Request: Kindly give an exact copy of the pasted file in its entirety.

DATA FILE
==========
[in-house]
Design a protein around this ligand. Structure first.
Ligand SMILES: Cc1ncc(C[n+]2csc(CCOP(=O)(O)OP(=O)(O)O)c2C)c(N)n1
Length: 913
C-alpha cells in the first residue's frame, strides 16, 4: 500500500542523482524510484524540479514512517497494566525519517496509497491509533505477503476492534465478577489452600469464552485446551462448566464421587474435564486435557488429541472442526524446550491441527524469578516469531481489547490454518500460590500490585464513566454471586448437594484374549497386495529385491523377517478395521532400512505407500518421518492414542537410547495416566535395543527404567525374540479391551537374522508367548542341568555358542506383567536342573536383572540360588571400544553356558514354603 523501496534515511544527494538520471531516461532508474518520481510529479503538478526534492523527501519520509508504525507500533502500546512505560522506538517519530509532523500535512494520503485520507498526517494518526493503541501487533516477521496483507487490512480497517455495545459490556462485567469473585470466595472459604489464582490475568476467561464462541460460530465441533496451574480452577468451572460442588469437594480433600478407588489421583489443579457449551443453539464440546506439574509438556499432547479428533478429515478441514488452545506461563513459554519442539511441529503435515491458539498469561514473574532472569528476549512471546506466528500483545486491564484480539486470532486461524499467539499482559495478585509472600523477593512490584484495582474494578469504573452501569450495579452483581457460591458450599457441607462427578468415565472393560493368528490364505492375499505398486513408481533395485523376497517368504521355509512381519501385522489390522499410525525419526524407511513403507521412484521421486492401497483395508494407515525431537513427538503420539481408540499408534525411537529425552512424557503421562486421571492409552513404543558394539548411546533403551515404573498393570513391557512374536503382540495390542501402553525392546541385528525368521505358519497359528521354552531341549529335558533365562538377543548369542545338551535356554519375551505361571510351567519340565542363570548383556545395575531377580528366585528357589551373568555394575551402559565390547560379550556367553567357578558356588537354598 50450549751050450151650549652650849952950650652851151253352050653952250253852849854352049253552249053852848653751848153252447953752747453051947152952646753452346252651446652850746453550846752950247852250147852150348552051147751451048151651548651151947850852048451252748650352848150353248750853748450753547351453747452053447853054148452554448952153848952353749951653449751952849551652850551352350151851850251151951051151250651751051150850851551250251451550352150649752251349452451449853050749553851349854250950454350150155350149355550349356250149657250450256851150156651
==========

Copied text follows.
[in-house]
Design a protein around this ligand. Structure first.
Ligand SMILES: Cc1ncc(C[n+]2csc(CCOP(=O)(O)OP(=O)(O)O)c2C)c(N)n1
Length: 913
C-alpha cells in the first residue's frame, strides 16, 4: 500500500542523482524510484524540479514512517497494566525519517496509497491509533505477503476492534465478577489452600469464552485446551462448566464421587474435564486435557488429541472442526524446550491441527524469578516469531481489547490454518500460590500490585464513566454471586448437594484374549497386495529385491523377517478395521532400512505407500518421518492414542537410547495416566535395543527404567525374540479391551537374522508367548542341568555358542506383567536342573536383572540360588571400544553356558514354603 523501496534515511544527494538520471531516461532508474518520481510529479503538478526534492523527501519520509508504525507500533502500546512505560522506538517519530509532523500535512494520503485520507498526517494518526493503541501487533516477521496483507487490512480497517455495545459490556462485567469473585470466595472459604489464582490475568476467561464462541460460530465441533496451574480452577468451572460442588469437594480433600478407588489421583489443579457449551443453539464440546506439574509438556499432547479428533478429515478441514488452545506461563513459554519442539511441529503435515491458539498469561514473574532472569528476549512471546506466528500483545486491564484480539486470532486461524499467539499482559495478585509472600523477593512490584484495582474494578469504573452501569450495579452483581457460591458450599457441607462427578468415565472393560493368528490364505492375499505398486513408481533395485523376497517368504521355509512381519501385522489390522499410525525419526524407511513403507521412484521421486492401497483395508494407515525431537513427538503420539481408540499408534525411537529425552512424557503421562486421571492409552513404543558394539548411546533403551515404573498393570513391557512374536503382540495390542501402553525392546541385528525368521505358519497359528521354552531341549529335558533365562538377543548369542545338551535356554519375551505361571510351567519340565542363570548383556545395575531377580528366585528357589551373568555394575551402559565390547560379550556367553567357578558356588537354598 50450549751050450151650549652650849952950650652851151253352050653952250253852849854352049253552249053852848653751848153252447953752747453051947152952646753452346252651446652850746453550846752950247852250147852150348552051147751451048151651548651151947850852048451252748650352848150353248750853748450753547351453747452053447853054148452554448952153848952353749951653449751952849551652850551352350151851850251151951051151250651751051150850851551250251451550352150649752251349452451449853050749553851349854250950454350150155350149355550349356250149657250450256851150156651